Eleven days later, MAGIC got a second chance, as the gamma rays emitted by QSO B0218+357 did not take the direct route to Earth: One billion years after setting off on their journey, they reached the galaxy B0218+357G. This is where Einstein’s General Theory of Relativity came into play.

This states that a large mass in the universe, a galaxy, for example, deflects light of an object behind it. In addition, the light is focused as if by a gigantic optical lens — to a distant observer, the object appears to be much brighter, but also distorted. The light beams also need different lengths of time to pass through the lens, depending on the angle of observation.

This gravitational lens was the reason that MAGIC was able, after all, to measure QSO B0218+357 — and thus the most distant object in the high-energy gamma ray spectrum. “We knew from observations undertaken by the Fermi space telescope and radio telescopes in 2012 that the photons that took the longer route would arrive 11 days later,” says Julian Sitarek (University of ?ódz, Poland), who led this study. “This was the first time we were able to observe that high-energy photons were deflected by a gravitational lens.”

Doubling the size of the gamma-ray universe

The fact that gamma rays of such high energy from a distant celestial body reach Earth’s atmosphere is anything but obvious. “Many gamma rays are lost when they interact with photons which originate from galaxies or stars and have a lower energy,” says Mirzoyan. “With the MAGIC observation, the part of the universe that we can observe via gamma rays has doubled.”

The fact that the light arrived on Earth at the time calculated could rattle a few theories on the structure of the vacuum — further investigations, however, are required to confirm this. “The observation currently points to new possibilities for high-energy gamma ray observatories — and provides a pointer for the next generation of telescopes in the CTA project,” says Mirzoyan, summing up the situation.

Tsunami Of Stars And Gas Produces Dazzling Eye-Shaped Feature In Galaxy

Astronomers using the Atacama Large Millimeter/submillimeter Array (ALMA) have discovered a tsunami of stars and gas that is crashing midway through the disk of a spiral galaxy known as IC 2163. This colossal wave of material — which was triggered when IC 2163 recently sideswiped another spiral galaxy dubbed NGC 2207 — produced dazzling arcs of intense star formation that resemble a pair of eyelids.

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“Although galaxy collisions of this type are not uncommon, only a few galaxies with eye-like, or ocular, structures are known to exist,” said Michele Kaufman, an astronomer formerly with The Ohio State University in Columbus and lead author on a paper published in the Astrophysical Journal.

Kaufman and her colleagues note that the paucity of similar features in the observable universe is likely due to their ephemeral nature. “Galactic eyelids last only a few tens of millions of years, which is incredibly brief in the lifespan of a galaxy. Finding one in such a newly formed state gives us an exceptional opportunity to study what happens when one galaxy grazes another,” said Kaufman.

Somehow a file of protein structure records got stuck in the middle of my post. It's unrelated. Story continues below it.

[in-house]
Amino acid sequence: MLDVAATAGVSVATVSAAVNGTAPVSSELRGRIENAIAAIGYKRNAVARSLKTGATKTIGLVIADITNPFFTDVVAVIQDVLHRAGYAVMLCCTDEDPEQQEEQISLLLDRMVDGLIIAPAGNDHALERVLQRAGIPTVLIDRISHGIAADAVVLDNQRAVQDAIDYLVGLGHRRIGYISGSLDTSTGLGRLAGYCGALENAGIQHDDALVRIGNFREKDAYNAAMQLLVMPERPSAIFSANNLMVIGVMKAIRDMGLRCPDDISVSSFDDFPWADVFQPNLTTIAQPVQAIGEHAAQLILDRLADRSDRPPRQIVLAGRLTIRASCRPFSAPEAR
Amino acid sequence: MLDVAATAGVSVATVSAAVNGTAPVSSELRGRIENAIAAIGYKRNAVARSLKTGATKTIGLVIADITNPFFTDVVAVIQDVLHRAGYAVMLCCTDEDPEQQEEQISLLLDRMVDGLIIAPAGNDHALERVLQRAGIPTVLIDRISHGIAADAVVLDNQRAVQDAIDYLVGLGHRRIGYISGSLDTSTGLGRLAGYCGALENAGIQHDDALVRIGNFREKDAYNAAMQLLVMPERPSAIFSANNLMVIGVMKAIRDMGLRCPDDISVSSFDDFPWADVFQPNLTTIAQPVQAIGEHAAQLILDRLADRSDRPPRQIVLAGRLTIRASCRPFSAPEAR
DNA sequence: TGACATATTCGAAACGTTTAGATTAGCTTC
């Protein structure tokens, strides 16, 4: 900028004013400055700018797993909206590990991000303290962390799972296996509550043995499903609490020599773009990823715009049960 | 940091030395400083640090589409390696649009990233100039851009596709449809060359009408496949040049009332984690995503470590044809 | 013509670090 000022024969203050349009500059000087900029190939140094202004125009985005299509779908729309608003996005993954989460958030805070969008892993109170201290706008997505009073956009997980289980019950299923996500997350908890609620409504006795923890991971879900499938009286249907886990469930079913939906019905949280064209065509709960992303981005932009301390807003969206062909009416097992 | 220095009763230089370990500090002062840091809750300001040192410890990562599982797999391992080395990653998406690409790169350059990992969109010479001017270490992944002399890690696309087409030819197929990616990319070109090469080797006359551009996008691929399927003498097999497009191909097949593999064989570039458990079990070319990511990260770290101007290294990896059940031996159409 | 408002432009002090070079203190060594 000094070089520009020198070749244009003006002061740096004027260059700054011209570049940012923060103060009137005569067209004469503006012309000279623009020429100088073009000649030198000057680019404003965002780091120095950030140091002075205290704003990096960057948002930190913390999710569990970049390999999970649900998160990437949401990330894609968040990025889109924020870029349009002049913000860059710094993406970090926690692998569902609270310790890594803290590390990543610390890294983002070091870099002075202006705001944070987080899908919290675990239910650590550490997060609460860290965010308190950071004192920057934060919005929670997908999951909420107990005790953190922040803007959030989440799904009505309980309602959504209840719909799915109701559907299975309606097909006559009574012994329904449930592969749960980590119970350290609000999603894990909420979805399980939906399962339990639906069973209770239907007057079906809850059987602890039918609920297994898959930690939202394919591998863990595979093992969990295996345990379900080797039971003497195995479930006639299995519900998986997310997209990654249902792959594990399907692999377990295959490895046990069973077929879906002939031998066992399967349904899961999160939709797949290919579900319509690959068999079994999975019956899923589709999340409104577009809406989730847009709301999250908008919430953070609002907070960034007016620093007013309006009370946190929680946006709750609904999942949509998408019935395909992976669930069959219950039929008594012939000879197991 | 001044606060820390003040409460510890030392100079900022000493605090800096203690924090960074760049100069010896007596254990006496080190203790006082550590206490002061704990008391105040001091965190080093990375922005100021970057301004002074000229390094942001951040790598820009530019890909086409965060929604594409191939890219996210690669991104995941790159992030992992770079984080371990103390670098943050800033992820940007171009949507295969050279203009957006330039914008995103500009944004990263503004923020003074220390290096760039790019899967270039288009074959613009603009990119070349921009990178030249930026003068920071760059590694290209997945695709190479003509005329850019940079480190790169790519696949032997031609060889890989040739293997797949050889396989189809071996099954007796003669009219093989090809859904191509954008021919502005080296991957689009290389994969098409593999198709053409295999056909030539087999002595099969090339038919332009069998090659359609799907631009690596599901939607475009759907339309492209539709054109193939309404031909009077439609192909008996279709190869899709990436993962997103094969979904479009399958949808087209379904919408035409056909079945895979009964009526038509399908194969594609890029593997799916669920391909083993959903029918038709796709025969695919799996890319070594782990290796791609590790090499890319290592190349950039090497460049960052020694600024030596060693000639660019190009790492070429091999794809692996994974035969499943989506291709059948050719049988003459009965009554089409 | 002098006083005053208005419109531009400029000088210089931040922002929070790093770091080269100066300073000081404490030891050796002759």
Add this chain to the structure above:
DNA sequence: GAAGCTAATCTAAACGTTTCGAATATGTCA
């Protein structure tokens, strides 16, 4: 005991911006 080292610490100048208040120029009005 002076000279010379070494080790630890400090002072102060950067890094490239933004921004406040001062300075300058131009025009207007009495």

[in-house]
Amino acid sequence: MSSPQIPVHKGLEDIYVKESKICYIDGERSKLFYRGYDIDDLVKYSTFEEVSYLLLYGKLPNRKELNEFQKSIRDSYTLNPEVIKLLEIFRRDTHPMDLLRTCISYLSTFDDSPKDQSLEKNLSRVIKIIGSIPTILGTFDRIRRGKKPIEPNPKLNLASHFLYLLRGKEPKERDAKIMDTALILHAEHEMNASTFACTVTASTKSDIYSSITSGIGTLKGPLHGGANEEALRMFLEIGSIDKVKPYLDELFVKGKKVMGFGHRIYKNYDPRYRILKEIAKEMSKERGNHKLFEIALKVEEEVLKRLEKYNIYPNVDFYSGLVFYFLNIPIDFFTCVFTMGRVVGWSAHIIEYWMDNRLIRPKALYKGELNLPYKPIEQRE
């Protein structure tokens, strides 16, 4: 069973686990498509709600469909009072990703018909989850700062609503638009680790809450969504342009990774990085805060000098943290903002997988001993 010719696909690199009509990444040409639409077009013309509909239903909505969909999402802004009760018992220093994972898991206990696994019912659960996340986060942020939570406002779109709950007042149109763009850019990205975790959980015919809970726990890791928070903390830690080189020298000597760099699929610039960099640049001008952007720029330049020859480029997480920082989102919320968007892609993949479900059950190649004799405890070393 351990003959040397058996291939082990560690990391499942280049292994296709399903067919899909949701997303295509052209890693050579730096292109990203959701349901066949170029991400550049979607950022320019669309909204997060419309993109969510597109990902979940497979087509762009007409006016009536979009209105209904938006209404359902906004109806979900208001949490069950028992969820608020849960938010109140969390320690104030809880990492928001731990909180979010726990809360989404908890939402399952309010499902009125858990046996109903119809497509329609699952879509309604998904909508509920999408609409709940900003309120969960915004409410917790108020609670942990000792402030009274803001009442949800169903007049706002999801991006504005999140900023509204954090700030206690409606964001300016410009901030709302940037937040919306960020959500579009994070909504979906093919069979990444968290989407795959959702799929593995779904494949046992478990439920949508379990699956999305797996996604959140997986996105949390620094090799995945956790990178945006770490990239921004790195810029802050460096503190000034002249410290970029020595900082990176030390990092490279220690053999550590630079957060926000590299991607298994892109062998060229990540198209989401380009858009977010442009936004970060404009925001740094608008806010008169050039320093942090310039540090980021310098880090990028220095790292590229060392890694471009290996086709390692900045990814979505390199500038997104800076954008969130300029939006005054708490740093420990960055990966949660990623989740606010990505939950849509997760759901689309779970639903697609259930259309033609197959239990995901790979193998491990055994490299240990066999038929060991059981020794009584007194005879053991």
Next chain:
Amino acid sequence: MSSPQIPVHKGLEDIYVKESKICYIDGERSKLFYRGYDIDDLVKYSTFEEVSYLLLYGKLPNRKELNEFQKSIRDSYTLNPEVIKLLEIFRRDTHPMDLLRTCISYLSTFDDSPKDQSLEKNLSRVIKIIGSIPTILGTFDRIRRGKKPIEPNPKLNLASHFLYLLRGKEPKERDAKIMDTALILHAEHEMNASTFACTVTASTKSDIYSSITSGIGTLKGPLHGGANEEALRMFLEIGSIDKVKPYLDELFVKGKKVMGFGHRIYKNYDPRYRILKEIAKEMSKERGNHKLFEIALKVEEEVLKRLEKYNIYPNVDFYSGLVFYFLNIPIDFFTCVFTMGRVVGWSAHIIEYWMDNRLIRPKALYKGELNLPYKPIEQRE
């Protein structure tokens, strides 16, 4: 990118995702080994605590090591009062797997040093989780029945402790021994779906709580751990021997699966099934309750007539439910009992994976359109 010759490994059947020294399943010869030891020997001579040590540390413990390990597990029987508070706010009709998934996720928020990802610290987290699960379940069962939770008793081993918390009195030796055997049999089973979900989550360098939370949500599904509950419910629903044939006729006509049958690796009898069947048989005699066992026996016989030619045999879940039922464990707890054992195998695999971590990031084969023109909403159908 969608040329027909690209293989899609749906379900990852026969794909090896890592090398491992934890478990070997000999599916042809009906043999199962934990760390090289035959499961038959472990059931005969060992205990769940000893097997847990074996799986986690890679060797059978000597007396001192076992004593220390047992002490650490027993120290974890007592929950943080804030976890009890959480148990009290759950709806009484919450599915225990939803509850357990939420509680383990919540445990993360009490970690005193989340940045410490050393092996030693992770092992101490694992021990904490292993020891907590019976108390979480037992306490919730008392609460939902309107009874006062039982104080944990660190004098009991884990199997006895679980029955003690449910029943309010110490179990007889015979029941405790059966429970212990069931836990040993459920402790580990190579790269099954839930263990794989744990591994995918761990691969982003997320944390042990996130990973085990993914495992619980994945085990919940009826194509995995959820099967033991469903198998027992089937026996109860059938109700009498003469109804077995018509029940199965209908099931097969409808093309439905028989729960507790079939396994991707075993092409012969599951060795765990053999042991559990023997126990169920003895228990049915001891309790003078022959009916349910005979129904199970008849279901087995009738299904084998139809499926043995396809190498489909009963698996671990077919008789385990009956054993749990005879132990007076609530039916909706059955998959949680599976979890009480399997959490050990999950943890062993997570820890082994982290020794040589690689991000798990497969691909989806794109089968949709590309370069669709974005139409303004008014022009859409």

The interacting pair of galaxies resides approximately 114 million light-years from Earth in the direction of the constellation Canis Major. These galaxies brushed past each other — scraping the edges of their outer spiral arms — in what is likely the first encounter of an eventual merger.

Using ALMA’s remarkable sensitivity and resolution, the astronomers made the most detailed measurements ever of the motion of carbon monoxide gas in the galaxy’s narrow eyelid features. Carbon monoxide is a tracer of molecular gas, which is the fuel for star formation.

The data reveal that the gas in the outer portion of IC 2163’s eyelids is racing inward at speeds in excess of 100 kilometers a second. This gas, however, quickly decelerates and its motion becomes more chaotic, eventually changing trajectory and aligning itself with the rotation of the galaxy rather than continuing its pell-mell rush toward the center.

“What we observe in this galaxy is very much like a massive ocean wave barreling toward shore until it interacts with the shallows, causing it to lose momentum and dump all of its water and sand on the beach,” said Bruce Elmegreen, a scientist with IBM’s T.J. Watson Research Center in Yorktown Heights, New York, and co-author on the paper.

“Not only do we find a rapid deceleration of the gas as it moves from the outer to the inner edge of the eyelids, but we also measure that the more rapidly it decelerates, the denser the molecular gas becomes,” said Kaufman. “This direct measurement of compression shows how the encounter between the two galaxies drives gas to pile up, spawn new star clusters and form these dazzling eyelid features.”

Computer models predict that such eyelid-like features could evolve if galaxies interacted in a very specific manner. “This evidence for a strong shock in the eyelids is terrific. It’s all very well to have a theory and simulations suggesting it should be true, but real observational evidence is great,” said Curtis Struck, a professor of astrophysics at Iowa State University in Ames and co-author on the paper.

“ALMA showed us that the velocities of the molecular gas in the eyelids are on the right track with the predictions we get from computer models,” said Kaufman. “This critical test of encounter simulations was not possible before.”

Astronomers believe that such collisions between galaxies were common in the early universe when galaxies were closer together. At that time, however, galactic disks were generally clumpy and irregular, so other processes likely overwhelmed the formation of similar eyelid features.